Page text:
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Appletons' Cyclopædia of American Biography/Cushing, Caleb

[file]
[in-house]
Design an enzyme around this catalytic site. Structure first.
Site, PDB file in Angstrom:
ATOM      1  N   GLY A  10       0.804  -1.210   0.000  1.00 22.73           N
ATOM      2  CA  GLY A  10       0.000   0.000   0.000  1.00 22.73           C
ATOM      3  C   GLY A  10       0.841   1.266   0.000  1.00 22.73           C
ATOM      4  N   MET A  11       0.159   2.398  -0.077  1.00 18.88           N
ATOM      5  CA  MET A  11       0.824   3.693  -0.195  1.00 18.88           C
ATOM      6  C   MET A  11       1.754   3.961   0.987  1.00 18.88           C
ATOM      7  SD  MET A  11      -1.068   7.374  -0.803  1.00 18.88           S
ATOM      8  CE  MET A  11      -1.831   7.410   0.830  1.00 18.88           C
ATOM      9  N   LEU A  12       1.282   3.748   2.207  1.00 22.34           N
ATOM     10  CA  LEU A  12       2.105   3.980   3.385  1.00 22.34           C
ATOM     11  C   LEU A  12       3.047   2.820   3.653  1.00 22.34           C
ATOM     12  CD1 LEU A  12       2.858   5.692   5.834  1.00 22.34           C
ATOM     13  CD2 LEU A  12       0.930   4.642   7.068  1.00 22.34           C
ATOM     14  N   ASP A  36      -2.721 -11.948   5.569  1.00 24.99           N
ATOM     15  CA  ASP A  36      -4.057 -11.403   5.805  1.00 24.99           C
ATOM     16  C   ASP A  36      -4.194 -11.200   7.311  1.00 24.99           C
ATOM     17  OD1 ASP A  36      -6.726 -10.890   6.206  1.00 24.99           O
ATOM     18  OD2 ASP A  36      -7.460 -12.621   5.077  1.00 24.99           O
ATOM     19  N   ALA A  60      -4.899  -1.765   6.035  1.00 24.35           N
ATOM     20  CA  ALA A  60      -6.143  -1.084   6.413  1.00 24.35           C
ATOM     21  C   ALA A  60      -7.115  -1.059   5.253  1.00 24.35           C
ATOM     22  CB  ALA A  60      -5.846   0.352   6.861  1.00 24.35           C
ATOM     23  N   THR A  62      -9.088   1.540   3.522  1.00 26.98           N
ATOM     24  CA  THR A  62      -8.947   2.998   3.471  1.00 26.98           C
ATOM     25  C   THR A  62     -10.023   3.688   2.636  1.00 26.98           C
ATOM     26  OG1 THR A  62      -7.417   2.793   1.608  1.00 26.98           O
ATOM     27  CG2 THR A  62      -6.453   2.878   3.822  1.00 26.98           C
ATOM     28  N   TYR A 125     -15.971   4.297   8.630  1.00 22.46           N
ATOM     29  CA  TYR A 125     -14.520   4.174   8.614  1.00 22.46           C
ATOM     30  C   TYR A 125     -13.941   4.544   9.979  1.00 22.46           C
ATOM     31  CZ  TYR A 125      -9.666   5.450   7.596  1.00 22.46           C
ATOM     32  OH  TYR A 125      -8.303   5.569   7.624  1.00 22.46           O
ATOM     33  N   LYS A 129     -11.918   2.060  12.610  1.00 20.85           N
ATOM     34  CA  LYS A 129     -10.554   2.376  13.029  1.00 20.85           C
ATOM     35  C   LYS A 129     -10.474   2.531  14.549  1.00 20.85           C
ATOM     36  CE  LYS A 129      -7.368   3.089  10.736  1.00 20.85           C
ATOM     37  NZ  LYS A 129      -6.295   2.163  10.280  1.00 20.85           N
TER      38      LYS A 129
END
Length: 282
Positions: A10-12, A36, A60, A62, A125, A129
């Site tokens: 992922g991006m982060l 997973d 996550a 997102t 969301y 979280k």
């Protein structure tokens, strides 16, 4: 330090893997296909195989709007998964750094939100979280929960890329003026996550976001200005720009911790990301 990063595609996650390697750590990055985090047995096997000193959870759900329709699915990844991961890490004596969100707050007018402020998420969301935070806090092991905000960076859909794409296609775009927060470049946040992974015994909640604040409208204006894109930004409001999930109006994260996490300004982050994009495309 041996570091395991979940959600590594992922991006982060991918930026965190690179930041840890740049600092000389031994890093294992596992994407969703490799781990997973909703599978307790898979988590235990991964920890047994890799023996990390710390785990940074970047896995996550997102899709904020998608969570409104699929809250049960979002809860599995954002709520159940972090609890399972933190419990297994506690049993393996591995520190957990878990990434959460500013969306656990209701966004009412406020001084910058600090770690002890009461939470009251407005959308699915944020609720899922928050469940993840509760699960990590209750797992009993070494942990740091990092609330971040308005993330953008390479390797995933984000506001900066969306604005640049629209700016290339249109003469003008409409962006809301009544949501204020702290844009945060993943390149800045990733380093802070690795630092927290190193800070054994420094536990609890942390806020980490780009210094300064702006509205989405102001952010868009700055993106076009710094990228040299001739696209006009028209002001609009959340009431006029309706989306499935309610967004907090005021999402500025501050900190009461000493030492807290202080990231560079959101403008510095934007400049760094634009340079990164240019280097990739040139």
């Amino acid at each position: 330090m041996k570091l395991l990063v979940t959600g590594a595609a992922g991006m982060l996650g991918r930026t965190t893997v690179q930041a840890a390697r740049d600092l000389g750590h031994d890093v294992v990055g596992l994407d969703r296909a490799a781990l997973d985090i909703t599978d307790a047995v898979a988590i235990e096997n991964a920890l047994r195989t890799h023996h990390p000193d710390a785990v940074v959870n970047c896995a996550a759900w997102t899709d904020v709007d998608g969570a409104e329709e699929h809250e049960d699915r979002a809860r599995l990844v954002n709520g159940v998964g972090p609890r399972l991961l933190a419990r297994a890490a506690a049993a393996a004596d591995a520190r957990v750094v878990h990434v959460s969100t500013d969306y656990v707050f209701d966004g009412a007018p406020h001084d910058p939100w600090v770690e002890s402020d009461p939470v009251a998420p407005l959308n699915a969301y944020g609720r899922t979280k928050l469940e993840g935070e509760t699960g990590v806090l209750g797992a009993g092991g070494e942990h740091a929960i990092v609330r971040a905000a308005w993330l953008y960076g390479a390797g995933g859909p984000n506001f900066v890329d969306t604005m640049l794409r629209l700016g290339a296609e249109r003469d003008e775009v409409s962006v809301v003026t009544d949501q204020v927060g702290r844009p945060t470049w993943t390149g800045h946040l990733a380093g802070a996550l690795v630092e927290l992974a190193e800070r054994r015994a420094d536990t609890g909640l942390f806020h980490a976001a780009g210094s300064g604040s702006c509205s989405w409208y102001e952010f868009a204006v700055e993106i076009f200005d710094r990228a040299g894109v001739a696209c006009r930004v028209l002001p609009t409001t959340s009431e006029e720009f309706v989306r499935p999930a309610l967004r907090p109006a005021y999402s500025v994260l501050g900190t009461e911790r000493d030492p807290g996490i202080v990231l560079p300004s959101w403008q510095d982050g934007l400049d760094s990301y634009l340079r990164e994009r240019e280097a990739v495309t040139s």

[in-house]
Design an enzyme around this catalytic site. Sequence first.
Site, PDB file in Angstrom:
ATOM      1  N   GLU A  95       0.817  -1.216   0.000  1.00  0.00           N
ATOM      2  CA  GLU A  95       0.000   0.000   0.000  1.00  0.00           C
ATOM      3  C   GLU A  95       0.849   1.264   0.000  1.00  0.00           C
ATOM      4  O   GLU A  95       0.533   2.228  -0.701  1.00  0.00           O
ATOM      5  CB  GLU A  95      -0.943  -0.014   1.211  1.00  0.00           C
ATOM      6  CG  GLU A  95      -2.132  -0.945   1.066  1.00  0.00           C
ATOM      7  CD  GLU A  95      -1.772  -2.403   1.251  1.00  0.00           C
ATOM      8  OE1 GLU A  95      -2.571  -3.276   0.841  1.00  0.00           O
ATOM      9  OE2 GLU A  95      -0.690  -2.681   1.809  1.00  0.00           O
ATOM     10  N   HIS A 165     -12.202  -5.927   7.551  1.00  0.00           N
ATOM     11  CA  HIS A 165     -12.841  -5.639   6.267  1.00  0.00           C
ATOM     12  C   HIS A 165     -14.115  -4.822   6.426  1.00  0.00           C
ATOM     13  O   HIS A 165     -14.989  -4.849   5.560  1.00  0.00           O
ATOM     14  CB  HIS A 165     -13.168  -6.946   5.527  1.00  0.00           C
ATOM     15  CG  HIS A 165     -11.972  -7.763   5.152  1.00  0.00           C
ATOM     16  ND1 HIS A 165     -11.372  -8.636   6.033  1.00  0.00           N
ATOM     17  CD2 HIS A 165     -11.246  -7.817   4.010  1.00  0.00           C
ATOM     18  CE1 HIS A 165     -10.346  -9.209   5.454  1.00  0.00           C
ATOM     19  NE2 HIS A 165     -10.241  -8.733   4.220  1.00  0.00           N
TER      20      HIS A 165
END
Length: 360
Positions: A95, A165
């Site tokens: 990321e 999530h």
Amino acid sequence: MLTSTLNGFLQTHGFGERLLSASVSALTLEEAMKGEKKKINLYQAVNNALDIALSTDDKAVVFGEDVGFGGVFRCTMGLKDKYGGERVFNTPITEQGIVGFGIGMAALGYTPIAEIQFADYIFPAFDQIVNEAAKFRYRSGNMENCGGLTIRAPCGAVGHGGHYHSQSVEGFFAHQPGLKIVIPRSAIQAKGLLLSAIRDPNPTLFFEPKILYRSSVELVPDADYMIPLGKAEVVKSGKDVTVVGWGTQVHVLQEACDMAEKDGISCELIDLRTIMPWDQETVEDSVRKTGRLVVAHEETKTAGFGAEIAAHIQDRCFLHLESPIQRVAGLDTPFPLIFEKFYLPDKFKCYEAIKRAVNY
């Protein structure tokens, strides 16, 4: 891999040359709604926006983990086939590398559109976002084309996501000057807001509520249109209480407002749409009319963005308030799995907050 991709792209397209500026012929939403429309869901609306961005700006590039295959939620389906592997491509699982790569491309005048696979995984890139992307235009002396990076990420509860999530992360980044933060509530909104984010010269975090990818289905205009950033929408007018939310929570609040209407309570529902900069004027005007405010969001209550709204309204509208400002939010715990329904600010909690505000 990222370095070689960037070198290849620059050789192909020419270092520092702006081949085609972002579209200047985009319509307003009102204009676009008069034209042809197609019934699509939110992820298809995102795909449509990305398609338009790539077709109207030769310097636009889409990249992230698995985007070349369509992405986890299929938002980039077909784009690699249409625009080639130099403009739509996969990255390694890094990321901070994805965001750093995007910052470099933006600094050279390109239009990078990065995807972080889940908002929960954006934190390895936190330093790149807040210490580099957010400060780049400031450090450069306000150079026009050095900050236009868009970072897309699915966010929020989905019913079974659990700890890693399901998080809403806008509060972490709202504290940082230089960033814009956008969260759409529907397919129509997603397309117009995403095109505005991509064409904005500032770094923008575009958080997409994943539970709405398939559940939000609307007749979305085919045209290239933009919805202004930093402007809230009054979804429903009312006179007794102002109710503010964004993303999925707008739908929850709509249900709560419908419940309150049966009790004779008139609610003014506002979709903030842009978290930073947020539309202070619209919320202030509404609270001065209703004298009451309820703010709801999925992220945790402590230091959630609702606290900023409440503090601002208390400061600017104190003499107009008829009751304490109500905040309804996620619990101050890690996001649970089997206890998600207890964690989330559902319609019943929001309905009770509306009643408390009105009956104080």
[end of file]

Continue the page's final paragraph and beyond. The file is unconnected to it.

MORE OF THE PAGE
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CUSHING, Caleb, statesman, b. in Salisbury, Mass., 17 Jan., 1800; d. in Newburyport, Mass., 2 Jan., 1879. He was graduated at Harvard in 1817, and for two years was a tutor in mathematics and natural philosophy. He then studied law, was admitted to the bar, and settled in Newburyport. He rose rapidly in his profession, and, although busily engaged with his practice, found time to devote to literature and politics, and was a frequent contributor to periodicals. In 1825 he was elected a representative to the lower house of the Massachusetts legislature, and in 1826 a member of the state senate. At this time he belonged to the then republican party. In 1829 Mr. Cushing visited Europe, and remained abroad two years. In 1833 he was again elected a representative from Newburyport to the Massachusetts legislature for two years, but in 1834 was elected from the Essex north district of Massachusetts a representative to congress, and served for four consecutive terms, until 1843. He supported the nomination of John Quincy Adams for the presidency, and was a whig until the accession of John Tyler. When the break in the whig party occurred, during the administration of President Tyler, Mr. Cushing was one of the few northern whigs that continued to support the president, and became classed as a democrat. Soon afterward he was nominated for secretary of the treasury, but the senate refused to confirm him. He was subsequently confirmed as commissioner to China, and made the first treaty between that country and the United States. On his return he was again elected a representative in the Massachusetts legislature. In 1847 he raised a regiment for the Mexican war at his own expense, became its colonel, and was subsequently made brigadier-general. While still in Mexico he was nominated by the democratic party of his state for governor, but failed in the election. From 1850 till 1852 he was again a member of the legislature of his native state, and, at the expiration of his term, was appointed associate justice of the state supreme court. In 1853 President Pierce appointed him U. S. attorney-general, from which office he retired in 1857. In 1857, 1858, and 1859 he again served in the legislature of Massachusetts. In April, 1860, he was president of the Democratic national convention in Charleston, S. C., and was among the seceders from that body who met in Baltimore. At the close of 1860 he was sent to Charleston by President Buchanan, as a confidential commissioner to the secessionists of South Carolina; but his mission effected nothing. Mr. Cushing was frequently employed during the civil war in the departments at Washington, and in 1866 was appointed one of the three commissioners to revise and codify the laws of congress. In 1868 he was sent to Bogotá to arrange a diplomatic difficulty. In 1872 he was one of the counsel for the United States at the Geneva conference for the settlement of the Alabama claims, and in 1873 was nominated for the office of chief justice of the United States; but the nomination was subsequently withdrawn. A year later he was nominated and confirmed as minister to Spain, whence he returned home in 1877. His publications include a “History of the Town of Newburyport” (1826); “The Practical Principles of Political Economy” (1826); “Historical and Political Review of the Late Revolution in France” (2 vols., Boston, 1833); “Reminiscences of Spain” (2 vols., Boston, 1833); “Growth and Territorial Progress of the United States” (1839); “Life of William H. Harrison” (Boston, 1840); and “The Treaty of Washington” (New York, 1873).